No one field is completely homogeneous in terms of crop yield. In one area, you can reap 12 tons of grain per hectare every year, while you only get 4 in another one. The higher an area’s yield is over multiple years, the more productive it is. It stands to reason that if you increase the seeding rate for these areas, their yield will grow, too. And, on the other hand, if you decrease the seeding rate in low yielding areas, the yield won’t change. This approach is called variable-rate seeding
. In theory, it cuts down on the number of seeds you use while increasing the yield.
Last year, I decided to find out if this is true. To do so, I conducted several experiments in Ukraine involving spring crops: corn, soybeans, and sunflowers. Through a series of essays, I’ll talk about how the experiments went and share the results. We’ll start with the first experiment: sunflower fields in Ukraine’s Kherson Region.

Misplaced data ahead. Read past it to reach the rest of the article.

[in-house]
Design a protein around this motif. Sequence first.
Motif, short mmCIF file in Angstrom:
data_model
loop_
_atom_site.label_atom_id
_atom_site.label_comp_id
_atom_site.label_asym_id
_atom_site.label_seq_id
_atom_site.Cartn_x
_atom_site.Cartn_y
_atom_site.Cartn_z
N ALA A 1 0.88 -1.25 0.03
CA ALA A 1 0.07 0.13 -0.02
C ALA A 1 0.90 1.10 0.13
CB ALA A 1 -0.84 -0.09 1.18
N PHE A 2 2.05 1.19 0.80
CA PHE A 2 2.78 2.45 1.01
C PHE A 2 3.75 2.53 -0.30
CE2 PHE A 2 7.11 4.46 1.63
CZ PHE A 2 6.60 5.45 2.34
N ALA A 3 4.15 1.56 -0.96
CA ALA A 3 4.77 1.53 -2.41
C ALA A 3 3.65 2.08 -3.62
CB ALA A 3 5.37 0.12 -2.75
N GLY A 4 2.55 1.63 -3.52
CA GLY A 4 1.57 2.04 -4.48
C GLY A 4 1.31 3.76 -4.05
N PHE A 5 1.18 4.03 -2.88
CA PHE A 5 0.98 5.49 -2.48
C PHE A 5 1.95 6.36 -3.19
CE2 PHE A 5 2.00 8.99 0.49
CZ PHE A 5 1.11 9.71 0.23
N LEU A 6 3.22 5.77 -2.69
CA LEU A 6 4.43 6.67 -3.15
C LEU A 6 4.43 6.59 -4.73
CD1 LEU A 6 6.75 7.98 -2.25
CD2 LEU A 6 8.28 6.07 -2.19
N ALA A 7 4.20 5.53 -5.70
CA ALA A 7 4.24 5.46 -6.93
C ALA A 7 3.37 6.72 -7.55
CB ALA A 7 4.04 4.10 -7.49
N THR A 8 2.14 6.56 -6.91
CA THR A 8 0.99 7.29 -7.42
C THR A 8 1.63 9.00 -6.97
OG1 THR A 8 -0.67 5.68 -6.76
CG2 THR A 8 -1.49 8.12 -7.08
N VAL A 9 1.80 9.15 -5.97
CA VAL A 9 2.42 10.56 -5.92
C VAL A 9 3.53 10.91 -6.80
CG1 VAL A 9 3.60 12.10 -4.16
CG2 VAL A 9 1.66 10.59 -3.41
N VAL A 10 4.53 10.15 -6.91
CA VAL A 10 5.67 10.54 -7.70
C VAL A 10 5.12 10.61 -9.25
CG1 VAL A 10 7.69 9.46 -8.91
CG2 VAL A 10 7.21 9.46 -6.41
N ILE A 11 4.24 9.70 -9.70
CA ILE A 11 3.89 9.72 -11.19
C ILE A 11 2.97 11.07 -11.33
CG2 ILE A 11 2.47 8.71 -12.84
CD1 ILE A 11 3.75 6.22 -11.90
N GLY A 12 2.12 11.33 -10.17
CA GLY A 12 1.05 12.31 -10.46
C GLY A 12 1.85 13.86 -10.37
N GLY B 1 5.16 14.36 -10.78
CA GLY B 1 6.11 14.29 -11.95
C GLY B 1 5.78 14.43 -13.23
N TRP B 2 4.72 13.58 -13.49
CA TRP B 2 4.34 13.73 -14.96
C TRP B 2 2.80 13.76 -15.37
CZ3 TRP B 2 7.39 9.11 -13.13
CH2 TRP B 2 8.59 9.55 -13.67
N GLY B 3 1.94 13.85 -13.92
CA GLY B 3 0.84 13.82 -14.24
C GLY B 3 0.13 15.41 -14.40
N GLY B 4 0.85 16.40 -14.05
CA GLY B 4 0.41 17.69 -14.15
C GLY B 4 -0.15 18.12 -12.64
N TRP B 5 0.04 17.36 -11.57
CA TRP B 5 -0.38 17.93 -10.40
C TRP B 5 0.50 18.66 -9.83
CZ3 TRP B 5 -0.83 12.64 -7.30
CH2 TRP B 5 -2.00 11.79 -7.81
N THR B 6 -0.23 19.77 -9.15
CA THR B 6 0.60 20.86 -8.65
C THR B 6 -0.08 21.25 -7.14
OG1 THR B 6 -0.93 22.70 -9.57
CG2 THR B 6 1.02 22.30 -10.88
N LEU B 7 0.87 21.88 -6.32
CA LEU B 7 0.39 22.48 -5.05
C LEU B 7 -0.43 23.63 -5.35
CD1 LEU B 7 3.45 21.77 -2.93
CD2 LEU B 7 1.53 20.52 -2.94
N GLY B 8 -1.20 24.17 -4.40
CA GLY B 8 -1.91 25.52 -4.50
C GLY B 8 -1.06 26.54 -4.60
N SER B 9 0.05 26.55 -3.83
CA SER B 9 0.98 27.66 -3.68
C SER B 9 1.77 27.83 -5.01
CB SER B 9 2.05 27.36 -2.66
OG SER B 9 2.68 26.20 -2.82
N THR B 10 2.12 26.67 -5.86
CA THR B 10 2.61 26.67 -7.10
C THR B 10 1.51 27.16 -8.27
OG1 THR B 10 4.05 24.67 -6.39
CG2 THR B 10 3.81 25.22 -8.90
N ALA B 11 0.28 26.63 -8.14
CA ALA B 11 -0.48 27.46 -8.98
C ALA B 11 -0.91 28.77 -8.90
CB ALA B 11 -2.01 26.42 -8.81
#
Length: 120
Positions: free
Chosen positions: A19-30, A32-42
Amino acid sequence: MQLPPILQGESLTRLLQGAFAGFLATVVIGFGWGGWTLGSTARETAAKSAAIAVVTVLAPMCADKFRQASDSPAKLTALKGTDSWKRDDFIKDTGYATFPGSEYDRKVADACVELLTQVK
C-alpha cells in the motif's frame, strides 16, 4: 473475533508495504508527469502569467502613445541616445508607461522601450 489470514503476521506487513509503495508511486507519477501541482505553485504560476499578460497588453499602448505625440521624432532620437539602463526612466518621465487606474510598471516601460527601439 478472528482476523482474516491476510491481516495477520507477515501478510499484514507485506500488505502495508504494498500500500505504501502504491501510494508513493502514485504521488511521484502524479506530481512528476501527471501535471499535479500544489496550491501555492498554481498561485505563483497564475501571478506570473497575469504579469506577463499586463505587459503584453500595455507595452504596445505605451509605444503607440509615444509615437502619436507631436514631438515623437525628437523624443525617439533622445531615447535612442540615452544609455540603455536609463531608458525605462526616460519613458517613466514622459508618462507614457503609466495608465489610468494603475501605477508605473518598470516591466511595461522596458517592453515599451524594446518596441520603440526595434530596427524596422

The optimal seeding rate for sunflowers is highly debated. Farms usually stick to the rate recommended by their local seed supplier. I decided to sow sunflower seeds at a varied rate to see how it would impact crop yield and whether or not I could cut back on the number of seeds I used.
I conducted the experiment on Agroproduct, LTD’s
fields in the Kherson Region. I used two fields with different moisture levels. One field was irrigated, while the other was dryland, or land without artificial irrigation.